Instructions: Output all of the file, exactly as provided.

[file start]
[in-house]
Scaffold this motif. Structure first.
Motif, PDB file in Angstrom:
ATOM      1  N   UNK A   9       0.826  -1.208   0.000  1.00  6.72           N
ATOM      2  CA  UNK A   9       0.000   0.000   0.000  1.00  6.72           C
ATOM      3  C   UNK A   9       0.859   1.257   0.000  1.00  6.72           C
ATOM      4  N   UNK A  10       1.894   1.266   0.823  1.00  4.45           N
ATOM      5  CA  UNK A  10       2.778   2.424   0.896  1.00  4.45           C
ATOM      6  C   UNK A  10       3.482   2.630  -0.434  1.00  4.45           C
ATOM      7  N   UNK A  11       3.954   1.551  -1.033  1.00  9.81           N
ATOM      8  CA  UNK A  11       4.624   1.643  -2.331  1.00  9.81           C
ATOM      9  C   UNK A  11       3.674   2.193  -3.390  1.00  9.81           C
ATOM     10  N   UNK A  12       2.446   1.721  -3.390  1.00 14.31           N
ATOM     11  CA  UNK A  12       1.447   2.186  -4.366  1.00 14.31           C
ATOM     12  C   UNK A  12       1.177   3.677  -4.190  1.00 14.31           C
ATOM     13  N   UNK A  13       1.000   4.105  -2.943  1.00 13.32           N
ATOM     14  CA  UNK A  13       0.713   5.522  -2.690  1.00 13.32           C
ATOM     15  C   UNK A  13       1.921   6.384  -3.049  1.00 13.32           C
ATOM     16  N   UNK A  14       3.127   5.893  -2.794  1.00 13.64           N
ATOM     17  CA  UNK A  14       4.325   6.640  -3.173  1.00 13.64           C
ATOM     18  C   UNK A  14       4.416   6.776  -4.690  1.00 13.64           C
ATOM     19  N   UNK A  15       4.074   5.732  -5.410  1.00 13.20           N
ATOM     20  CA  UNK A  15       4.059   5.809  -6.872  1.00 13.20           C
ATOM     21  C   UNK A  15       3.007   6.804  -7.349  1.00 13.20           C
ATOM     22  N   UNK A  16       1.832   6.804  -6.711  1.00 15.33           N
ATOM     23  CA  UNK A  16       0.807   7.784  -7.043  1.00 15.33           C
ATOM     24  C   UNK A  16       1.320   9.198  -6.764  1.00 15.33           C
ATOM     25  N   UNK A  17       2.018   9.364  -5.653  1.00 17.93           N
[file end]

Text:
[in-house]
Scaffold this motif. Structure first.
Motif, PDB file in Angstrom:
ATOM      1  N   UNK A   9       0.826  -1.208   0.000  1.00  6.72           N
ATOM      2  CA  UNK A   9       0.000   0.000   0.000  1.00  6.72           C
ATOM      3  C   UNK A   9       0.859   1.257   0.000  1.00  6.72           C
ATOM      4  N   UNK A  10       1.894   1.266   0.823  1.00  4.45           N
ATOM      5  CA  UNK A  10       2.778   2.424   0.896  1.00  4.45           C
ATOM      6  C   UNK A  10       3.482   2.630  -0.434  1.00  4.45           C
ATOM      7  N   UNK A  11       3.954   1.551  -1.033  1.00  9.81           N
ATOM      8  CA  UNK A  11       4.624   1.643  -2.331  1.00  9.81           C
ATOM      9  C   UNK A  11       3.674   2.193  -3.390  1.00  9.81           C
ATOM     10  N   UNK A  12       2.446   1.721  -3.390  1.00 14.31           N
ATOM     11  CA  UNK A  12       1.447   2.186  -4.366  1.00 14.31           C
ATOM     12  C   UNK A  12       1.177   3.677  -4.190  1.00 14.31           C
ATOM     13  N   UNK A  13       1.000   4.105  -2.943  1.00 13.32           N
ATOM     14  CA  UNK A  13       0.713   5.522  -2.690  1.00 13.32           C
ATOM     15  C   UNK A  13       1.921   6.384  -3.049  1.00 13.32           C
ATOM     16  N   UNK A  14       3.127   5.893  -2.794  1.00 13.64           N
ATOM     17  CA  UNK A  14       4.325   6.640  -3.173  1.00 13.64           C
ATOM     18  C   UNK A  14       4.416   6.776  -4.690  1.00 13.64           C
ATOM     19  N   UNK A  15       4.074   5.732  -5.410  1.00 13.20           N
ATOM     20  CA  UNK A  15       4.059   5.809  -6.872  1.00 13.20           C
ATOM     21  C   UNK A  15       3.007   6.804  -7.349  1.00 13.20           C
ATOM     22  N   UNK A  16       1.832   6.804  -6.711  1.00 15.33           N
ATOM     23  CA  UNK A  16       0.807   7.784  -7.043  1.00 15.33           C
ATOM     24  C   UNK A  16       1.320   9.198  -6.764  1.00 15.33           C
ATOM     25  N   UNK A  17       2.018   9.364  -5.653  1.00 17.93           N